In addition to wreaking havoc on our lives and health, the pandemic has spawned a storm of class-action lawsuits. In this post, we continue our series of class-action trends, now focusing on gyms and universities.
GYM OWNERS FLEX THEIR MUSCLES AND FIGHT BACK
Gym closings have left thousands unemployed and cost hundreds of millions in lost revenue. New York gym owners allege that Governor Cuomo’s phase 4 closures are unconstitutional. Phase 4 of New York Governor Andrew Cuomo’s reopening plan was supposed to be the final stage, allowing educational, recreational, arts, and entertainment facilities to reopen. However, the Governor has kept health clubs closed, prompting pushback from upstate gym owners. As reported in the New York Law Journal, one fitness center has filed a class-action lawsuit asking for a judicial declaration that Governor Cuomo’s orders violate equal protection and due process clauses. The plaintiff notes that although the Governor allowed tens of thousands of demonstrators to assemble, gyms that strive to follow CDC guidelines remain closed.
A TUITION REFUND PUSHBACK?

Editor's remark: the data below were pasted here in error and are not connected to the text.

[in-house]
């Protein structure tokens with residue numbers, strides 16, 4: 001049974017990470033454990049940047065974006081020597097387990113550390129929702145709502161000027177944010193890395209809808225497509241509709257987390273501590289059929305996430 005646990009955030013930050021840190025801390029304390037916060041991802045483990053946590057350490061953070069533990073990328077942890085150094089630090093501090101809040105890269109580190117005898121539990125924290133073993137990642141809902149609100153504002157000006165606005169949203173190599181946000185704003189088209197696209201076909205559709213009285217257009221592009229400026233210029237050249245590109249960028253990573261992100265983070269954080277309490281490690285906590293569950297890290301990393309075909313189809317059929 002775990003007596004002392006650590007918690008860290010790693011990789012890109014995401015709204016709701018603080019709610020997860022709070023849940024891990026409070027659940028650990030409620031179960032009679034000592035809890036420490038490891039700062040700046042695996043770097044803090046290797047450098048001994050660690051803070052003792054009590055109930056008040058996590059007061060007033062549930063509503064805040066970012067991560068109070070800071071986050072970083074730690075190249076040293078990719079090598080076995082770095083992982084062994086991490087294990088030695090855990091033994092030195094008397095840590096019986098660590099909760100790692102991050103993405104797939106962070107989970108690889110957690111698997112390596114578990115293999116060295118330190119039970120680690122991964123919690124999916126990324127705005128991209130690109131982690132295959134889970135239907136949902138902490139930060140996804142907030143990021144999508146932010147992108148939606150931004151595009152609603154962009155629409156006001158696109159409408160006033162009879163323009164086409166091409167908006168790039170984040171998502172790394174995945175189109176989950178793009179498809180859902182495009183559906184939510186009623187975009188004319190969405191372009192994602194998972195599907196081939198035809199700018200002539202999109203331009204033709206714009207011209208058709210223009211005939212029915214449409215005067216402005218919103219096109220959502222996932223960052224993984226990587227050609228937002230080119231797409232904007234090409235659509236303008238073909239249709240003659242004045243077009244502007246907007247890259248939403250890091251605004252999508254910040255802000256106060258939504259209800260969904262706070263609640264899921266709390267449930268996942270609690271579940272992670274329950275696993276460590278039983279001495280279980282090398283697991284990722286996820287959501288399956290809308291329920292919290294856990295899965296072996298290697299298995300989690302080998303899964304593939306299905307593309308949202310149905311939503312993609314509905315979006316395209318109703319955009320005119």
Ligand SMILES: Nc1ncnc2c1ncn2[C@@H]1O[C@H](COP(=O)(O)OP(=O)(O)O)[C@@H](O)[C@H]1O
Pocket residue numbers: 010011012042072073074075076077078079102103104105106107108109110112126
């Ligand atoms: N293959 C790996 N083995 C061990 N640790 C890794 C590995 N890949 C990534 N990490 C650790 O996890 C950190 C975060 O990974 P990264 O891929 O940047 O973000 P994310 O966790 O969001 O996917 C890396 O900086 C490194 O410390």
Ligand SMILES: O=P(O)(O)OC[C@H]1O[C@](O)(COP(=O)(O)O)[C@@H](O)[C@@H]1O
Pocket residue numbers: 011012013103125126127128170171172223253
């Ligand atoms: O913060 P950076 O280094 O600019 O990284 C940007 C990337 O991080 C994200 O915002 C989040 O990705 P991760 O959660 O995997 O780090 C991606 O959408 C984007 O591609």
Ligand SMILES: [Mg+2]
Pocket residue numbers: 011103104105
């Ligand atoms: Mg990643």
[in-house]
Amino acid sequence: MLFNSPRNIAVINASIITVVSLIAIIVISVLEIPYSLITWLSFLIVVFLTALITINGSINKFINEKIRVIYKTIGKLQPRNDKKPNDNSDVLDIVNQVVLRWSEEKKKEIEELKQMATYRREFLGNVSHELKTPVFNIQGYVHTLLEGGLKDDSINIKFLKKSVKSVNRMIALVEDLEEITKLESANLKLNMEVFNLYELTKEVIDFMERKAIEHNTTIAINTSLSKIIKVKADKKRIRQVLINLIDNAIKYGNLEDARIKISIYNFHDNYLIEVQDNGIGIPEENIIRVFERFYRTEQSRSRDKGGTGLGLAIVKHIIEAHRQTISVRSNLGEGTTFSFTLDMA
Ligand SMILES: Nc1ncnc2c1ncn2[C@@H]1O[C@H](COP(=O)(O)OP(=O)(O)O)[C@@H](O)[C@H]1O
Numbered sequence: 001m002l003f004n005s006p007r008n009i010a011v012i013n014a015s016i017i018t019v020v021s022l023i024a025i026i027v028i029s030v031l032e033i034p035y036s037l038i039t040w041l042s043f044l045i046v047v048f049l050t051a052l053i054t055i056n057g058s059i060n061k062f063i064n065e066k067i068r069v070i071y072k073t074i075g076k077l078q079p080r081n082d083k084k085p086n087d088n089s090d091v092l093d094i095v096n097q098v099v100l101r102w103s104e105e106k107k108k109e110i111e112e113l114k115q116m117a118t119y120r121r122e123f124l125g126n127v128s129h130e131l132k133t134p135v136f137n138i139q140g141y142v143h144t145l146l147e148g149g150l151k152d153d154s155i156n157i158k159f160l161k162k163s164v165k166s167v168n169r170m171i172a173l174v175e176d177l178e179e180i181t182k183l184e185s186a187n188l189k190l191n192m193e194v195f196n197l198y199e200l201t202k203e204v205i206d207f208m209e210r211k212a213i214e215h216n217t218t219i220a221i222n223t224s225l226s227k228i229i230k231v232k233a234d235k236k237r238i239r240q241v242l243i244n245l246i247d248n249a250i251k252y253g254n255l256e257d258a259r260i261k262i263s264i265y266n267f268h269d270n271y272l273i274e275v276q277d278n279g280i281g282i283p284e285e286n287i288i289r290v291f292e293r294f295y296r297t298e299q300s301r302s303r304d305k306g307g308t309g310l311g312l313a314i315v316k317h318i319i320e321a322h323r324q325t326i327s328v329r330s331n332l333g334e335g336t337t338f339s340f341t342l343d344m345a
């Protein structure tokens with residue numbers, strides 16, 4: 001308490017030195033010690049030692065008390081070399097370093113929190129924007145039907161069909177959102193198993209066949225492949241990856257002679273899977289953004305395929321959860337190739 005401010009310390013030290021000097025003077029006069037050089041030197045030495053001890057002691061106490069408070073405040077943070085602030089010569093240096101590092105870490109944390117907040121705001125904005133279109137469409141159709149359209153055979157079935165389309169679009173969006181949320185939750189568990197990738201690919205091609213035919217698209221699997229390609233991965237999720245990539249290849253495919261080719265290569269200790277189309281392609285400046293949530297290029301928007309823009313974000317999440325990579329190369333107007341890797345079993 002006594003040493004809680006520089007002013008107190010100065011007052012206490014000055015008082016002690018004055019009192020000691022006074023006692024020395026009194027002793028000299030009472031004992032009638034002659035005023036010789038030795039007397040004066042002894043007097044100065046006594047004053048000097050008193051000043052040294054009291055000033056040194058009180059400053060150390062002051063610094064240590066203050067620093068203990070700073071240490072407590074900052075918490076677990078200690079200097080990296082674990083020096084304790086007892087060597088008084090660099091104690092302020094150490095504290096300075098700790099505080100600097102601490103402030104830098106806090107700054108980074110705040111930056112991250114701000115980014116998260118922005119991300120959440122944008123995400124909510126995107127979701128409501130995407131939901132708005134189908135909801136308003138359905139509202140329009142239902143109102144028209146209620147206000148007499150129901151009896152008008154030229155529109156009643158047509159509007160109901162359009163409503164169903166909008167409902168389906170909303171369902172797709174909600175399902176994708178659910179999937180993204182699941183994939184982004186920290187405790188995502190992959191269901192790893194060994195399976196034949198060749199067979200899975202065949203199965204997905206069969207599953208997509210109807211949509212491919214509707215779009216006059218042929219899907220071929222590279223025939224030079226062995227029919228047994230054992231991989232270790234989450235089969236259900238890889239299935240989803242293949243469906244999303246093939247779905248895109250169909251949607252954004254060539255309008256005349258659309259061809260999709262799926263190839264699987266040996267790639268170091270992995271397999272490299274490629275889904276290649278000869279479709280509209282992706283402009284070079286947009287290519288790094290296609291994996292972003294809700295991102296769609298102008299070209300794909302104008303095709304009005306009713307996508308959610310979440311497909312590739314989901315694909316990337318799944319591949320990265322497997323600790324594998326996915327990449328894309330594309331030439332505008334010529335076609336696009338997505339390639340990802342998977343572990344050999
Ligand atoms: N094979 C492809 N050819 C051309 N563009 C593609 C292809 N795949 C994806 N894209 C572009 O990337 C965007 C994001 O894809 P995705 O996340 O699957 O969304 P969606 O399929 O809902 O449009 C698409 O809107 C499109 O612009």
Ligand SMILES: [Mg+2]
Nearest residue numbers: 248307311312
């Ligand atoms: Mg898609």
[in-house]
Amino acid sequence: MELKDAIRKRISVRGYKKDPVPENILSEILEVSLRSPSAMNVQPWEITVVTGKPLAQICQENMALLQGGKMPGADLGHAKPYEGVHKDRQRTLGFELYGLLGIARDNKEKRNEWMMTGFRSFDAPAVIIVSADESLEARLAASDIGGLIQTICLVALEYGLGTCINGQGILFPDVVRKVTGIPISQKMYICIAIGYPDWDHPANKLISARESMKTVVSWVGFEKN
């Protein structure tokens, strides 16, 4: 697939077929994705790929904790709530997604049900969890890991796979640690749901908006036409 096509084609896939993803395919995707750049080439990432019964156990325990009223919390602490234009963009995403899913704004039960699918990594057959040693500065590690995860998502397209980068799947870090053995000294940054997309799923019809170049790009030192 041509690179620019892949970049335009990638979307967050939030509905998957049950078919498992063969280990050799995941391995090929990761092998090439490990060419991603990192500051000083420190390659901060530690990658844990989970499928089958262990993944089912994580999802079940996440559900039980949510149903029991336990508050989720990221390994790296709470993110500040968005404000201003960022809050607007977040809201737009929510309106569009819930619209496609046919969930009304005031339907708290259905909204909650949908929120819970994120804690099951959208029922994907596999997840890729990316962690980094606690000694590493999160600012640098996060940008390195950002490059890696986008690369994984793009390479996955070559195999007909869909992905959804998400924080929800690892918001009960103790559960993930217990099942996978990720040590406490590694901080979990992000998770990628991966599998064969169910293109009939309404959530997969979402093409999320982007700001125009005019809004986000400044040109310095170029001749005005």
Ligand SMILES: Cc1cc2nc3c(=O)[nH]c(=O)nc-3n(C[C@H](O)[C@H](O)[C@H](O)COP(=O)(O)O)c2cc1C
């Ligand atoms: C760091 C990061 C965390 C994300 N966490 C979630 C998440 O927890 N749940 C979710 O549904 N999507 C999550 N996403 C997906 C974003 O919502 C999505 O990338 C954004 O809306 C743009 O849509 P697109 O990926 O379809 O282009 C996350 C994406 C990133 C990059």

Colleges and universities are facing challenges with the logistics of the upcoming fall semester. If a COVID spike causes campus closings, school administrators fear a flood of class-action litigation seeking refunds for tuition, housing, and service fees. As reported in the Corporate Counsel edition of law.com, colleges are concerned about rising class-actions seeking tuition reimbursement. Notably, 25% of all current pandemic-related lawsuits consist of tuition reimbursement claims. Schools have attempted to mitigate this exposure in several ways. Some are inserting clauses in housing contracts stating if the university converts to online learning and vacates dorms, students will not be entitled to a refund. Other schools may consider requiring mandatory arbitration agreements with students.
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